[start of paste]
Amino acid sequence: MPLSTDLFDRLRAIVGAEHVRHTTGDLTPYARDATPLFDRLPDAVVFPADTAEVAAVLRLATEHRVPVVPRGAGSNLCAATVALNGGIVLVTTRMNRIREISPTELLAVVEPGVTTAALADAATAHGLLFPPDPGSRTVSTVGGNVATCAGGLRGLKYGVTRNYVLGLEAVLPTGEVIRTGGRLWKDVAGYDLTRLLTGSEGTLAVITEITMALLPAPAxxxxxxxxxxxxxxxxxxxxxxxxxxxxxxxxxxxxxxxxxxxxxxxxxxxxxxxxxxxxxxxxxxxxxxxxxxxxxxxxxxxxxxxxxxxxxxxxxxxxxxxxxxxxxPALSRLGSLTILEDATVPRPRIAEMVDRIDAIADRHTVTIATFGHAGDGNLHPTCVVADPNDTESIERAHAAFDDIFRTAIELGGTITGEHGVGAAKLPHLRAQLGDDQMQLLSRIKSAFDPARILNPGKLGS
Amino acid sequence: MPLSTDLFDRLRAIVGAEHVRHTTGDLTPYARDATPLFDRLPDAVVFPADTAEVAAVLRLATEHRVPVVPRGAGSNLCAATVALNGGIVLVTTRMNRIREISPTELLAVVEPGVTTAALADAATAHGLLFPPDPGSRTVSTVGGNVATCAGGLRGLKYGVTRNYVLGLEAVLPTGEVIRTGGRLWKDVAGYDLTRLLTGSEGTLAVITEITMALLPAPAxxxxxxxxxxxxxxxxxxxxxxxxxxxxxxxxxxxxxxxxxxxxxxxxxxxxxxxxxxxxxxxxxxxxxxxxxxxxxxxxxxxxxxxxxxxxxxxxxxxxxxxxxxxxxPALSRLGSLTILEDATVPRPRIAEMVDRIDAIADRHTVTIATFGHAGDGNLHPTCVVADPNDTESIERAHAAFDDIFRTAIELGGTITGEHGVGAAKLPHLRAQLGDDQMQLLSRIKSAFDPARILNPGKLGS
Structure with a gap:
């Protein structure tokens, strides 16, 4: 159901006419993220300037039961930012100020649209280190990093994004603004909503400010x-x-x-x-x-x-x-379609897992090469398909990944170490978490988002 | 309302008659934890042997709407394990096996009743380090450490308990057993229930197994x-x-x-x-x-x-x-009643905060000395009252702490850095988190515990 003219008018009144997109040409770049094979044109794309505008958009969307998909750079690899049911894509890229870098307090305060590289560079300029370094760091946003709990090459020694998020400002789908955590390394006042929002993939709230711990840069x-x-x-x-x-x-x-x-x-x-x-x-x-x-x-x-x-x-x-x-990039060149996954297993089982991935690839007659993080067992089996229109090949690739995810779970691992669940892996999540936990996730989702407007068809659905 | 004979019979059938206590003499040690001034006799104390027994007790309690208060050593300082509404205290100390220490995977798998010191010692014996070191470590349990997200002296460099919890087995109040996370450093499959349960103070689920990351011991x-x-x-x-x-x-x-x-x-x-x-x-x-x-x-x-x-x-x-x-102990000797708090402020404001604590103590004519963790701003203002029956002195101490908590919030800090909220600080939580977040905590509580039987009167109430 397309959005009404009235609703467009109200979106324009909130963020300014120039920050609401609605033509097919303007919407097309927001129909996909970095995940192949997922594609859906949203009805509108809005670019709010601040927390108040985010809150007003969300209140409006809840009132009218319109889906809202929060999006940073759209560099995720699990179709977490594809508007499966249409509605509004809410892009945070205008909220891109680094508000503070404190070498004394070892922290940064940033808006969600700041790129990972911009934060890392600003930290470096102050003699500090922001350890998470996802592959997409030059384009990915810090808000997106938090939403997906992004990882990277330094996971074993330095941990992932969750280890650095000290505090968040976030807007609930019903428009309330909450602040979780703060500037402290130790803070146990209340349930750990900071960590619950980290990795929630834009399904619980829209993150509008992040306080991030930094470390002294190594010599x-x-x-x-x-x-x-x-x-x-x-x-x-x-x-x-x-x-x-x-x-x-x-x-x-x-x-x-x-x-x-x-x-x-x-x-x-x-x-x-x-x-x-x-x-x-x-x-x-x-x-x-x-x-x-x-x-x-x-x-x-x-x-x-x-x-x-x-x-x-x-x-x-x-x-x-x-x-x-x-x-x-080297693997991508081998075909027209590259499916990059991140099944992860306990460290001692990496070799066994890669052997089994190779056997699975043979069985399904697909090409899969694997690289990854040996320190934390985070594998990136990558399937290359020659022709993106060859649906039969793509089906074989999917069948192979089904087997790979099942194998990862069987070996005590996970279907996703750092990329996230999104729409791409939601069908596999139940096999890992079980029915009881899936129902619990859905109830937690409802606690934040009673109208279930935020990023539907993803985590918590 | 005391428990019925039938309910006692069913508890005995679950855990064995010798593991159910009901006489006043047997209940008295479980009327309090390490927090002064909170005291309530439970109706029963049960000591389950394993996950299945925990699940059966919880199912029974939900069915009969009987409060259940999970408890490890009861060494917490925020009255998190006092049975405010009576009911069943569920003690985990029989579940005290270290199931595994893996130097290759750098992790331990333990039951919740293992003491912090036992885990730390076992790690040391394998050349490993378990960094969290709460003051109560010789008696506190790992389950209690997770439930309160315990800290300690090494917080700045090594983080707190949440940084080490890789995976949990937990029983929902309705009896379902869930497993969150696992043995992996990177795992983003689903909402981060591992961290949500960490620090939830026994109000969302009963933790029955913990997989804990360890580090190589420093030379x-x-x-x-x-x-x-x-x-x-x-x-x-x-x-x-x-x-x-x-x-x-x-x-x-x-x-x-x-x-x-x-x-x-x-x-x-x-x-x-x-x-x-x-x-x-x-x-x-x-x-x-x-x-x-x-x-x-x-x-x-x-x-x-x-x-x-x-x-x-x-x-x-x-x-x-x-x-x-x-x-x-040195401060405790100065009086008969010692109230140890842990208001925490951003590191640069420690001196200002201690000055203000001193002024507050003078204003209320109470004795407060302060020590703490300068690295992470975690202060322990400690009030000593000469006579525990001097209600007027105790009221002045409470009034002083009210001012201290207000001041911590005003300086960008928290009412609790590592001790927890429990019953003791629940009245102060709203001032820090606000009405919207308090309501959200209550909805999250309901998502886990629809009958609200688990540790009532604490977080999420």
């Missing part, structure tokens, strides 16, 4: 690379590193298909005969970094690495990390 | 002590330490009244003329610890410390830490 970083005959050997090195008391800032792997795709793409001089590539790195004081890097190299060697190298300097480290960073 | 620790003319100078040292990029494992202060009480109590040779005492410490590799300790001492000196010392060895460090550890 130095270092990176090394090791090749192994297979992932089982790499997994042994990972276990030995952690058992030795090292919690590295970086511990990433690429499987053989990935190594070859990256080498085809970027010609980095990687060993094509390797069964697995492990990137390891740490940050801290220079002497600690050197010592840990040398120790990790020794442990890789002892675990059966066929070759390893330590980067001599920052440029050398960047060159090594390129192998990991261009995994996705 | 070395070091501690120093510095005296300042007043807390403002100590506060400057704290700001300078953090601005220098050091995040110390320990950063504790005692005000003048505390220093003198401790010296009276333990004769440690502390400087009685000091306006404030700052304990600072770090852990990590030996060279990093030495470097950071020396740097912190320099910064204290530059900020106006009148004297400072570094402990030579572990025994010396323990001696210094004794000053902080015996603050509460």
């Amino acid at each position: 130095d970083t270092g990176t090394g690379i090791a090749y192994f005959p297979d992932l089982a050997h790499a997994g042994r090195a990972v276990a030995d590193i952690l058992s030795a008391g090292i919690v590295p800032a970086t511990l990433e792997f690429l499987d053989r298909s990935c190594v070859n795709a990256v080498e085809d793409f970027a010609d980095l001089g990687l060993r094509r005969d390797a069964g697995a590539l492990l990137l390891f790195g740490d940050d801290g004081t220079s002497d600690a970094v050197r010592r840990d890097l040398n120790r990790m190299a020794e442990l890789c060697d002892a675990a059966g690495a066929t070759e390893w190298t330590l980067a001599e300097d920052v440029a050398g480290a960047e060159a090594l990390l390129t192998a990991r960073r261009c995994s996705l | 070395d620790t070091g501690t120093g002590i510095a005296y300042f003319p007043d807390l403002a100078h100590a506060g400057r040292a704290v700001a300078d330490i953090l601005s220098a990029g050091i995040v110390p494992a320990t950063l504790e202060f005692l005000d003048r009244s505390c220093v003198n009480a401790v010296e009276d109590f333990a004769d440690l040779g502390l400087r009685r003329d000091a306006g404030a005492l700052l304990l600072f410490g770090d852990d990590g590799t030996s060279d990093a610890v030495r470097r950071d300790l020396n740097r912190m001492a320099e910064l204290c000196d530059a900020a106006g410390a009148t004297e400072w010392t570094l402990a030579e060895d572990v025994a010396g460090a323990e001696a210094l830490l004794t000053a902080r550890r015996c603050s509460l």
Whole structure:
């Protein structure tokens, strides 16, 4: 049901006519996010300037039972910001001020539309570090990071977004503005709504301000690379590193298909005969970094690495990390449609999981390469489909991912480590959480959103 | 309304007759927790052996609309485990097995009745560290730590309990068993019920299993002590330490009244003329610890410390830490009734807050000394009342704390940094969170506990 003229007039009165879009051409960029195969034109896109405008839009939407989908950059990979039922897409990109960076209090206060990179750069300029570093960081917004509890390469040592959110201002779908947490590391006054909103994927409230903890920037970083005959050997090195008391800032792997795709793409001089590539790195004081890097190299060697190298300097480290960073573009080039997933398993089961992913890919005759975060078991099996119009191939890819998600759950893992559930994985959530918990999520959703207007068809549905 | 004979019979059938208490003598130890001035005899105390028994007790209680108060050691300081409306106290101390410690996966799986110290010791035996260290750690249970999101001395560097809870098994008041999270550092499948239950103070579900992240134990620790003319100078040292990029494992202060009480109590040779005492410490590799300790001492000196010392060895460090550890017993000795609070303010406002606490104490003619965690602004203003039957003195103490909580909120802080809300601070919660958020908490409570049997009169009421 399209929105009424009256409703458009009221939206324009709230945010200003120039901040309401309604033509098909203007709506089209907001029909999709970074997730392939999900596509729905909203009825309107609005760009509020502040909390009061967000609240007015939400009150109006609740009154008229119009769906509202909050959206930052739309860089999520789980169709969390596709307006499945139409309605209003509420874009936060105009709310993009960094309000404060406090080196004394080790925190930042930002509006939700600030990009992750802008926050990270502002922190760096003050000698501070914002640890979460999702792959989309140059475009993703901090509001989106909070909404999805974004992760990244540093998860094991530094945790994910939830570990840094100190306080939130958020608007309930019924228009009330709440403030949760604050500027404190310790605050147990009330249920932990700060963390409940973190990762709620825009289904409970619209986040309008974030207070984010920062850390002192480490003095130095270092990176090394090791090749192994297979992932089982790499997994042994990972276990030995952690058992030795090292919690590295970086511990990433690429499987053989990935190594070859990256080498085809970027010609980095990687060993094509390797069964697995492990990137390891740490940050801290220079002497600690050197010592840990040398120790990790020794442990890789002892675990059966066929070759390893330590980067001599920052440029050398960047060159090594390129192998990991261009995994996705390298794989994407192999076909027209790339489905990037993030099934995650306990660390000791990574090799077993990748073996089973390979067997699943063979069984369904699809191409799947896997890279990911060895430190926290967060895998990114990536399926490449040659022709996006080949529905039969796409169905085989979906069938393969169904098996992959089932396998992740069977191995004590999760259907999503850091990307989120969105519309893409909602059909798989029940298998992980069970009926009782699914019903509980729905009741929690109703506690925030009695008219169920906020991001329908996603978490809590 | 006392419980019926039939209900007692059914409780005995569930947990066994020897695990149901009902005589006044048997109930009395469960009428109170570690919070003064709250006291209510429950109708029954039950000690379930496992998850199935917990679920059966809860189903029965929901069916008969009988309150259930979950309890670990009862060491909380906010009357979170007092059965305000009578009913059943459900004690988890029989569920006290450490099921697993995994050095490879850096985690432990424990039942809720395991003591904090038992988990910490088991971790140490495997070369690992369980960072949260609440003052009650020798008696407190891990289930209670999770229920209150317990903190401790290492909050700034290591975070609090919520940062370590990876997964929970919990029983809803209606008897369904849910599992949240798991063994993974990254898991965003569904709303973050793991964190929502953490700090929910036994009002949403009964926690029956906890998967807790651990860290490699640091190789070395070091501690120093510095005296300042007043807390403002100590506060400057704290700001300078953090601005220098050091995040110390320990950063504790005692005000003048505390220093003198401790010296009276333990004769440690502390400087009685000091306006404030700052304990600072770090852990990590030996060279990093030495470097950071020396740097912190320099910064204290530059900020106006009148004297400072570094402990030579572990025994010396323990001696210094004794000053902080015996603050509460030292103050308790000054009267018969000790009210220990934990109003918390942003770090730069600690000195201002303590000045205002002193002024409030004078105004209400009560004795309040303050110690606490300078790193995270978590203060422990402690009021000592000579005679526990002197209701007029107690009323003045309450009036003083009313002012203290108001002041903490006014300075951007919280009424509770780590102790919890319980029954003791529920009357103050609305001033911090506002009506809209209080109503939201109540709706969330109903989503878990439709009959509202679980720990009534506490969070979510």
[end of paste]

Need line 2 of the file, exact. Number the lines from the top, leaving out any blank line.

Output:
Amino acid sequence: MPLSTDLFDRLRAIVGAEHVRHTTGDLTPYARDATPLFDRLPDAVVFPADTAEVAAVLRLATEHRVPVVPRGAGSNLCAATVALNGGIVLVTTRMNRIREISPTELLAVVEPGVTTAALADAATAHGLLFPPDPGSRTVSTVGGNVATCAGGLRGLKYGVTRNYVLGLEAVLPTGEVIRTGGRLWKDVAGYDLTRLLTGSEGTLAVITEITMALLPAPAxxxxxxxxxxxxxxxxxxxxxxxxxxxxxxxxxxxxxxxxxxxxxxxxxxxxxxxxxxxxxxxxxxxxxxxxxxxxxxxxxxxxxxxxxxxxxxxxxxxxxxxxxxxxxPALSRLGSLTILEDATVPRPRIAEMVDRIDAIADRHTVTIATFGHAGDGNLHPTCVVADPNDTESIERAHAAFDDIFRTAIELGGTITGEHGVGAAKLPHLRAQLGDDQMQLLSRIKSAFDPARILNPGKLGS